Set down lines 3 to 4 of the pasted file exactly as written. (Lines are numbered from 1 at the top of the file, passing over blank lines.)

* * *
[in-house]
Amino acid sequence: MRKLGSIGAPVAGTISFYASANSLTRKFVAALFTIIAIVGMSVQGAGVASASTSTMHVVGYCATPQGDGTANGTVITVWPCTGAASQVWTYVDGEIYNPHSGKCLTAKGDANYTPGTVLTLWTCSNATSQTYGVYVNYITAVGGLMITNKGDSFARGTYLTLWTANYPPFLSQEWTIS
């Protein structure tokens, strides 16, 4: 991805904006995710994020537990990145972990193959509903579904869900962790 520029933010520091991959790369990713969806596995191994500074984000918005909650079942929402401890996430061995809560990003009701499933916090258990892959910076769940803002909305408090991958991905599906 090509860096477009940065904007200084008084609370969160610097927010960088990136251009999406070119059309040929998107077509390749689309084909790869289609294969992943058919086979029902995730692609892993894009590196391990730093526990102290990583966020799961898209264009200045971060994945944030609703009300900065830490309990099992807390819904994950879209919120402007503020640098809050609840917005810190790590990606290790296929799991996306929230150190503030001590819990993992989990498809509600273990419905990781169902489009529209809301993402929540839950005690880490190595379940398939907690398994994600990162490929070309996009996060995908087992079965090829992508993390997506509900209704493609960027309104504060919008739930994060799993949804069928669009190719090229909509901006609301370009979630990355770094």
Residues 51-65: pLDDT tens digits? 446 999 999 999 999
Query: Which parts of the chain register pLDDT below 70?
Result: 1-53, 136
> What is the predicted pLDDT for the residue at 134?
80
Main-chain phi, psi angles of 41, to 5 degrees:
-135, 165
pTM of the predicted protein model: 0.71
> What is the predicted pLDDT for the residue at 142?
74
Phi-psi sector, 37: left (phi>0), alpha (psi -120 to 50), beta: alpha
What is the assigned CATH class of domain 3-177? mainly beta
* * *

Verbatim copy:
């Protein structure tokens, strides 16, 4: 991805904006995710994020537990990145972990193959509903579904869900962790 520029933010520091991959790369990713969806596995191994500074984000918005909650079942929402401890996430061995809560990003009701499933916090258990892959910076769940803002909305408090991958991905599906 090509860096477009940065904007200084008084609370969160610097927010960088990136251009999406070119059309040929998107077509390749689309084909790869289609294969992943058919086979029902995730692609892993894009590196391990730093526990102290990583966020799961898209264009200045971060994945944030609703009300900065830490309990099992807390819904994950879209919120402007503020640098809050609840917005810190790590990606290790296929799991996306929230150190503030001590819990993992989990498809509600273990419905990781169902489009529209809301993402929540839950005690880490190595379940398939907690398994994600990162490929070309996009996060995908087992079965090829992508993390997506509900209704493609960027309104504060919008739930994060799993949804069928669009190719090229909509901006609301370009979630990355770094």
Residues 51-65: pLDDT tens digits? 446 999 999 999 999